TITLE

Longitudinal and Lateral throughput on an Idealized Highway

AUTHOR(S)
Hall, Randolph W.
PUB. DATE
May 1995
SOURCE
Transportation Science;May95, Vol. 29 Issue 2, p118
SOURCE TYPE
Academic Journal
DOC. TYPE
Article
ABSTRACT
Highway automation has recently enjoyed renewed research interest as a method for solving highway congestion problems. To determine the feasibility of automated highways, it will be essential to estimate the automated highway benefits. A critical task in the analysis of automated highway benefits is to estimate the potential increase in highway capacity. This paper uses deterministic approximations to model highway throughput, accounting for both longitudinal requirements (i.e., lane flow) and lateral requirements (i.e., lane changing). The model also accounts for trip length distributions) and the effect of these distributions on the lane "flux" (i.e., the rate at which vehicles move between adjacent lanes, per unit length of highway). Based on these representations, the model identifies conditions under which lane changes have an appreciable effect on capacity, assuming certain idealized conditions are met. For typical highway parameters (mean trip length of 20 km, and mean speed of 30 m/s), and an increased nominal capacity (i.e., not factoring in lane changes) of 7200 vehicles per hour, the incremental effect of lane changes only appears to be significant (i.e., cause a capacity reduction in excess of 20%) when the time-space requirement exceeds 1000 m-s. As an example, this requirement could imply a lane change maneuver that lasts 10 seconds and requires 100 m of lane-space during execution. This calculation does not factor in queueing effects. To ensure that all or most vehicles succeed in exiting at their desired locations, the actual capacity will have to be decreased somewhat further.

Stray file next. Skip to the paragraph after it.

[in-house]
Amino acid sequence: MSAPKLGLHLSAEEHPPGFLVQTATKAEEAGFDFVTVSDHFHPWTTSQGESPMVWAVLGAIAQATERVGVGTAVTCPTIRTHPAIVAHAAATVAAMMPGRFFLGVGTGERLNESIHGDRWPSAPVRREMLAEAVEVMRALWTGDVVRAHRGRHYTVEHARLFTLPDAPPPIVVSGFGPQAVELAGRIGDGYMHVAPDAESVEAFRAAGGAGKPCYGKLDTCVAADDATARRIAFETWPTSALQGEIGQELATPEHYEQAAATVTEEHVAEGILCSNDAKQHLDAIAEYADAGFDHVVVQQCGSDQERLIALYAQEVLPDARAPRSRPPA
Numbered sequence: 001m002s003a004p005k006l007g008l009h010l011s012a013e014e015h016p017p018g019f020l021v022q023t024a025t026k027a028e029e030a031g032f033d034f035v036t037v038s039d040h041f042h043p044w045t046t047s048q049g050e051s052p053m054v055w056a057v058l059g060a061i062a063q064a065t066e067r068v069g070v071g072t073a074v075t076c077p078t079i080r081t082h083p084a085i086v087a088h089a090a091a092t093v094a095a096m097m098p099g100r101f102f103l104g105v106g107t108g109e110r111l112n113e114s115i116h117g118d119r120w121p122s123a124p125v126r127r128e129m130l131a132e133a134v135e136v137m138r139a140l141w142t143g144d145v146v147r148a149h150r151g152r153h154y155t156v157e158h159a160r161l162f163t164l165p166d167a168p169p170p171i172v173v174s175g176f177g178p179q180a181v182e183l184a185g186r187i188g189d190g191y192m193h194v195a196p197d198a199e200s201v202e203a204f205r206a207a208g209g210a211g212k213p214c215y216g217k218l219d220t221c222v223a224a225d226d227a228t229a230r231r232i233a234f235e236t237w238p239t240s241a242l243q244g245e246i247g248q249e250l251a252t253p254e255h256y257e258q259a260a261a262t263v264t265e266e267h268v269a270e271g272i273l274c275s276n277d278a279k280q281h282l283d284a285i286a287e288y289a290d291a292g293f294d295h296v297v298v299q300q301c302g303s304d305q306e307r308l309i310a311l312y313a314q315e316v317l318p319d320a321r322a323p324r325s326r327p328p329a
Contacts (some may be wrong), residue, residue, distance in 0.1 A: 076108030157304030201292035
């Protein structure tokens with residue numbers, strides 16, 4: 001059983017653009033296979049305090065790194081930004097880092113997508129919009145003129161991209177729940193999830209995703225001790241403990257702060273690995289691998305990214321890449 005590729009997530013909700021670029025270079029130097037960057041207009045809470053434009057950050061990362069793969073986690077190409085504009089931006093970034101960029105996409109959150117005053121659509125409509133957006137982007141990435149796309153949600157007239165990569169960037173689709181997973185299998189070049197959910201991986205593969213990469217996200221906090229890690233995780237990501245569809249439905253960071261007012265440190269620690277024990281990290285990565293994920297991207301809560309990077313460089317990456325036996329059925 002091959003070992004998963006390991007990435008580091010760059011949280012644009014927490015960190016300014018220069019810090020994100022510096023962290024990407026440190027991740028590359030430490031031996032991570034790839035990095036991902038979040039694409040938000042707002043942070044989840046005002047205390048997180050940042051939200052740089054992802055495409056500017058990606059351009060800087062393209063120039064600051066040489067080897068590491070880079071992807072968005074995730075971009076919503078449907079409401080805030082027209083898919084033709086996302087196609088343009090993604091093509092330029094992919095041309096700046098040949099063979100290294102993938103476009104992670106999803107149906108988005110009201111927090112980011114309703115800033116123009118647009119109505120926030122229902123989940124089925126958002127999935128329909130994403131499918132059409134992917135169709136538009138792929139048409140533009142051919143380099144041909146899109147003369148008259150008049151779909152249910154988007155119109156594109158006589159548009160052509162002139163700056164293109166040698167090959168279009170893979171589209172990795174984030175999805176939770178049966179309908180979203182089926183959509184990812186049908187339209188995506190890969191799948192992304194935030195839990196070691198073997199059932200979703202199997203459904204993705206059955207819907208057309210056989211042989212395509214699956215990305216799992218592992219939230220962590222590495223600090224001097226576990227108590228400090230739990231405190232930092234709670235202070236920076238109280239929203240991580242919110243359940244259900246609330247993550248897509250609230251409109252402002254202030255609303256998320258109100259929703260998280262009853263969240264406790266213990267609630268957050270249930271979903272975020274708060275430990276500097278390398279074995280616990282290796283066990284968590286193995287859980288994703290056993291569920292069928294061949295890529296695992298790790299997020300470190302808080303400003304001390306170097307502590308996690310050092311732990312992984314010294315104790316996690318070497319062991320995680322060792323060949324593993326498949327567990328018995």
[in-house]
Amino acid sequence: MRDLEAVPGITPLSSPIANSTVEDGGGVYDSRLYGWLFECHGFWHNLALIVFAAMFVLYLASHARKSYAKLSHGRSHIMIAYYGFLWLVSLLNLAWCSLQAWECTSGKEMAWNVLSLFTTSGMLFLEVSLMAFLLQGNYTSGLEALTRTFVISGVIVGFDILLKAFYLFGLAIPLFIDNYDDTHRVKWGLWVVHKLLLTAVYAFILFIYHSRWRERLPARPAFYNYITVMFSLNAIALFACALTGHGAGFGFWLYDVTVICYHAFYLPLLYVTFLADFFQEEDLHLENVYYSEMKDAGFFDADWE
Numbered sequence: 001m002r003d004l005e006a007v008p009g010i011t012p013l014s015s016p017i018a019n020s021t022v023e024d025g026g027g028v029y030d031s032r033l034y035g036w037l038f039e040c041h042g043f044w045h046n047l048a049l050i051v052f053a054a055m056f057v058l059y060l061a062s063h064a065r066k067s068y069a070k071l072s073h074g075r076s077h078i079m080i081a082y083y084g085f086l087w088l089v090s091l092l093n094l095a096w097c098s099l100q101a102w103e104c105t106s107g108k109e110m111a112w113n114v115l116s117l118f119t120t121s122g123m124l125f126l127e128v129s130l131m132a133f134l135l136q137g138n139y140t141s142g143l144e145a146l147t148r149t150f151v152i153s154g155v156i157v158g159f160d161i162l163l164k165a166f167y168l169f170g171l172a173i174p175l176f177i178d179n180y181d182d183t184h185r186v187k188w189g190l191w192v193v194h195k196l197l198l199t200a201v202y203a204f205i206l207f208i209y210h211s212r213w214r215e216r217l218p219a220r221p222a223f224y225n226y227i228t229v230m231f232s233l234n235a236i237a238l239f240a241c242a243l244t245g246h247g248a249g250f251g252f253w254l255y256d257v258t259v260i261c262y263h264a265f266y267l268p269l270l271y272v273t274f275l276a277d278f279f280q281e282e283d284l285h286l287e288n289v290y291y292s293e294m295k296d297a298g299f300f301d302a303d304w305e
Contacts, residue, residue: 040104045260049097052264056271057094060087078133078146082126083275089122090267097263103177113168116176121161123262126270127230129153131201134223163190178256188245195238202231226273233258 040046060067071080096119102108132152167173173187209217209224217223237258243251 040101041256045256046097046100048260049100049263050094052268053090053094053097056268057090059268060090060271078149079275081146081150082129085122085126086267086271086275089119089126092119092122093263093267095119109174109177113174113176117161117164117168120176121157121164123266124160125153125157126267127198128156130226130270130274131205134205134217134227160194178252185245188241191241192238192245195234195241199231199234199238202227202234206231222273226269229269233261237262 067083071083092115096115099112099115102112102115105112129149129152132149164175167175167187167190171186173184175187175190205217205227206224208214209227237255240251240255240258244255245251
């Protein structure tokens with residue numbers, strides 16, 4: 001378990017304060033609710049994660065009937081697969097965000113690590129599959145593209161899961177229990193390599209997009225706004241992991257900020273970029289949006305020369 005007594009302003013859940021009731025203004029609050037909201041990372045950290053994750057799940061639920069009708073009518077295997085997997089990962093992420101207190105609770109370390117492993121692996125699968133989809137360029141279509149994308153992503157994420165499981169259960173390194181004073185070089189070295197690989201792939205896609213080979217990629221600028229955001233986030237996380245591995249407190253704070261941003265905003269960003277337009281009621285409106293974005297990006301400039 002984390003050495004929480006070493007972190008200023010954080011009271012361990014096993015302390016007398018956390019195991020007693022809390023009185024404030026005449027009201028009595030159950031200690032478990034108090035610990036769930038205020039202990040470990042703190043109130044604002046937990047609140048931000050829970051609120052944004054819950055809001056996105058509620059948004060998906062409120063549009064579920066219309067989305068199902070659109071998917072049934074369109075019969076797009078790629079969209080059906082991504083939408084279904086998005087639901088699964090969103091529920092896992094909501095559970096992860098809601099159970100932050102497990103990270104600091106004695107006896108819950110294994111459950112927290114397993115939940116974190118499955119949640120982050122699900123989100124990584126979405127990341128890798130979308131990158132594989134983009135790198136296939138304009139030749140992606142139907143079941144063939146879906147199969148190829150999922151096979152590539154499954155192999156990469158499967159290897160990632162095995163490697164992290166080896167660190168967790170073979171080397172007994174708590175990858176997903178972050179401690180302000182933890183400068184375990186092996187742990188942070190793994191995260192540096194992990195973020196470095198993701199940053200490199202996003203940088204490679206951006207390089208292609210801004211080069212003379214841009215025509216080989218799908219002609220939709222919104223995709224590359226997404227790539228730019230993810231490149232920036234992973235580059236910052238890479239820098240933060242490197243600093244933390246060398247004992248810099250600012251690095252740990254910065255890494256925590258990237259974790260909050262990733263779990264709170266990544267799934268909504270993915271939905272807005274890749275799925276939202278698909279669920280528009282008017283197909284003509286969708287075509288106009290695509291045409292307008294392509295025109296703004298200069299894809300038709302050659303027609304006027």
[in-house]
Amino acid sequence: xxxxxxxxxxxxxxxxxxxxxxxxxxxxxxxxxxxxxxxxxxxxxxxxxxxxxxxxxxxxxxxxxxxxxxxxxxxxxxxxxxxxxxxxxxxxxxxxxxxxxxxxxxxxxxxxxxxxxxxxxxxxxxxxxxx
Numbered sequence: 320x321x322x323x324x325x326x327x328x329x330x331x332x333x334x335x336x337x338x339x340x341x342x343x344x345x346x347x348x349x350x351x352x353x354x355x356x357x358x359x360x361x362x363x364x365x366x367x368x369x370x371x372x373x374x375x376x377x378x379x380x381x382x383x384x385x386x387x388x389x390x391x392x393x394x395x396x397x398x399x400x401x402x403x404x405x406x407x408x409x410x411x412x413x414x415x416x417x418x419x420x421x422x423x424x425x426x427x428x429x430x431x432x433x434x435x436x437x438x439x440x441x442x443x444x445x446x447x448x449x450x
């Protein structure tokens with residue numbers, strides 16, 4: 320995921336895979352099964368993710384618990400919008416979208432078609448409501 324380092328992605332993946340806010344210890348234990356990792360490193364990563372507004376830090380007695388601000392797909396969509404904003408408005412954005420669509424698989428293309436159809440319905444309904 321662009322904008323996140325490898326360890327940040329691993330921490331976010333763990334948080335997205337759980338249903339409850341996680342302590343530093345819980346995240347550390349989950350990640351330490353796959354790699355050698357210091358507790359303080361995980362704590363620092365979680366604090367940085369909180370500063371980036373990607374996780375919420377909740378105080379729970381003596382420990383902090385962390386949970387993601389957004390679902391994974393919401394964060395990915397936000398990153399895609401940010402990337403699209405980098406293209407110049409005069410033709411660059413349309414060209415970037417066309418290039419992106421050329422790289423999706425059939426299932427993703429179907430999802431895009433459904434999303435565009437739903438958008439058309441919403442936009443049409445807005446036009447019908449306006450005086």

ACCESSION #
4454096

 

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